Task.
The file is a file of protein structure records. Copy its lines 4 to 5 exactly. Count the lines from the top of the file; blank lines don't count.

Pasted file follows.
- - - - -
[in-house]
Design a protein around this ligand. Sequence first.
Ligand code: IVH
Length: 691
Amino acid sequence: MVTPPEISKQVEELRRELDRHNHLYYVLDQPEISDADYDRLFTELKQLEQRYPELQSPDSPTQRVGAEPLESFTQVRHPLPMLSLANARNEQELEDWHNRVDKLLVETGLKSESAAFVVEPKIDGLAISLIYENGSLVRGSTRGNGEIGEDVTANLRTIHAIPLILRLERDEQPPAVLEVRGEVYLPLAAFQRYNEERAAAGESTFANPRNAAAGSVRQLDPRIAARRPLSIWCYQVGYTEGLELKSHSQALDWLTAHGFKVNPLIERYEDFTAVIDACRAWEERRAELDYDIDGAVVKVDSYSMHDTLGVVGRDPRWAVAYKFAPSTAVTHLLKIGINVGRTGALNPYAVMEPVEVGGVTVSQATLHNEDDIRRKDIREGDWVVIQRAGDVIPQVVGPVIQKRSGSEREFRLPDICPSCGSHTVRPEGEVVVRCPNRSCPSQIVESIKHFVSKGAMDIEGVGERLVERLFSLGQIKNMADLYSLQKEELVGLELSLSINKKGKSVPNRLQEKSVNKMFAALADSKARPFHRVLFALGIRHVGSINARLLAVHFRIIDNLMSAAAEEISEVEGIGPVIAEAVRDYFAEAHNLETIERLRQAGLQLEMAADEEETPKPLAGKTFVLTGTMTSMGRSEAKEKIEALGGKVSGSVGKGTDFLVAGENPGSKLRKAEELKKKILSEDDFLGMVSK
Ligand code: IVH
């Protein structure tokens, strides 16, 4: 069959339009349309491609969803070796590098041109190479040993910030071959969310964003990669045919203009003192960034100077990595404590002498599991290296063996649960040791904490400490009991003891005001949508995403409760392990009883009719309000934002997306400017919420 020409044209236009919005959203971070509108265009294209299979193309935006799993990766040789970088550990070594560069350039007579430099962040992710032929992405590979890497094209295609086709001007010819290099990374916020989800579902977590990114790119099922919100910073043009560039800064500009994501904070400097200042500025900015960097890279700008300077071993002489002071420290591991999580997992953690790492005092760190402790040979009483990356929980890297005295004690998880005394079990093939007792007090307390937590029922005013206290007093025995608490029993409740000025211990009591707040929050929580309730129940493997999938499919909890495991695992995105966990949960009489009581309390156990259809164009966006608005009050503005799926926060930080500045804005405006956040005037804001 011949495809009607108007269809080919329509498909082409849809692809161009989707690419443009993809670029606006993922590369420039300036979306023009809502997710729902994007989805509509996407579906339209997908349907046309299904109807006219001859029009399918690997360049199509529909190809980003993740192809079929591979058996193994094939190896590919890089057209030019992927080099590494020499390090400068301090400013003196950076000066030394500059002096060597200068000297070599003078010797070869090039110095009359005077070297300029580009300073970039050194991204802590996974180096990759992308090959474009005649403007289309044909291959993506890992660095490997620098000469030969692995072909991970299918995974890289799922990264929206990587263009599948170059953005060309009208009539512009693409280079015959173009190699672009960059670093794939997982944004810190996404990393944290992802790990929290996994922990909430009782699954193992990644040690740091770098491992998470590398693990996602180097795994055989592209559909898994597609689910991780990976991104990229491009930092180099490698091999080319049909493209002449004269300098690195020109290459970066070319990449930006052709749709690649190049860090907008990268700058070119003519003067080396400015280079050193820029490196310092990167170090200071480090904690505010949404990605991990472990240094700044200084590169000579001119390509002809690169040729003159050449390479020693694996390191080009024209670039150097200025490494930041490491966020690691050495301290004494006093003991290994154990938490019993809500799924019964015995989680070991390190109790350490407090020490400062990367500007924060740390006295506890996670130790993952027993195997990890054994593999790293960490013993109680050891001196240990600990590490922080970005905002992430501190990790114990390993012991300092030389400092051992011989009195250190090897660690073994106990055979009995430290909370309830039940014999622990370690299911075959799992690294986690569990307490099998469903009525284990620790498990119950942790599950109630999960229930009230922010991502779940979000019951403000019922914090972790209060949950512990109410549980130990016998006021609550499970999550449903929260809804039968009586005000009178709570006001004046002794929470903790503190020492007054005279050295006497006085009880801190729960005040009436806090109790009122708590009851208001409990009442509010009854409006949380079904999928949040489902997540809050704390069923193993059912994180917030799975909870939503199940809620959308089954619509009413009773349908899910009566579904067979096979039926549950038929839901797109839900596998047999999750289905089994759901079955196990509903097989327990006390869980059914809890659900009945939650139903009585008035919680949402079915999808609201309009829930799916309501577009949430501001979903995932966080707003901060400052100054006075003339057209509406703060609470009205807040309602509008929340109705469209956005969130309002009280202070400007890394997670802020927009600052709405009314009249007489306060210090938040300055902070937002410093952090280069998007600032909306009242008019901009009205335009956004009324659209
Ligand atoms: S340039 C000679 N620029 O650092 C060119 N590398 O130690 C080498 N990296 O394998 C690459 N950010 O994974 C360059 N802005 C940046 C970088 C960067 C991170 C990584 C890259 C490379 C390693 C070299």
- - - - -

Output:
Length: 691
Amino acid sequence: MVTPPEISKQVEELRRELDRHNHLYYVLDQPEISDADYDRLFTELKQLEQRYPELQSPDSPTQRVGAEPLESFTQVRHPLPMLSLANARNEQELEDWHNRVDKLLVETGLKSESAAFVVEPKIDGLAISLIYENGSLVRGSTRGNGEIGEDVTANLRTIHAIPLILRLERDEQPPAVLEVRGEVYLPLAAFQRYNEERAAAGESTFANPRNAAAGSVRQLDPRIAARRPLSIWCYQVGYTEGLELKSHSQALDWLTAHGFKVNPLIERYEDFTAVIDACRAWEERRAELDYDIDGAVVKVDSYSMHDTLGVVGRDPRWAVAYKFAPSTAVTHLLKIGINVGRTGALNPYAVMEPVEVGGVTVSQATLHNEDDIRRKDIREGDWVVIQRAGDVIPQVVGPVIQKRSGSEREFRLPDICPSCGSHTVRPEGEVVVRCPNRSCPSQIVESIKHFVSKGAMDIEGVGERLVERLFSLGQIKNMADLYSLQKEELVGLELSLSINKKGKSVPNRLQEKSVNKMFAALADSKARPFHRVLFALGIRHVGSINARLLAVHFRIIDNLMSAAAEEISEVEGIGPVIAEAVRDYFAEAHNLETIERLRQAGLQLEMAADEEETPKPLAGKTFVLTGTMTSMGRSEAKEKIEALGGKVSGSVGKGTDFLVAGENPGSKLRKAEELKKKILSEDDFLGMVSK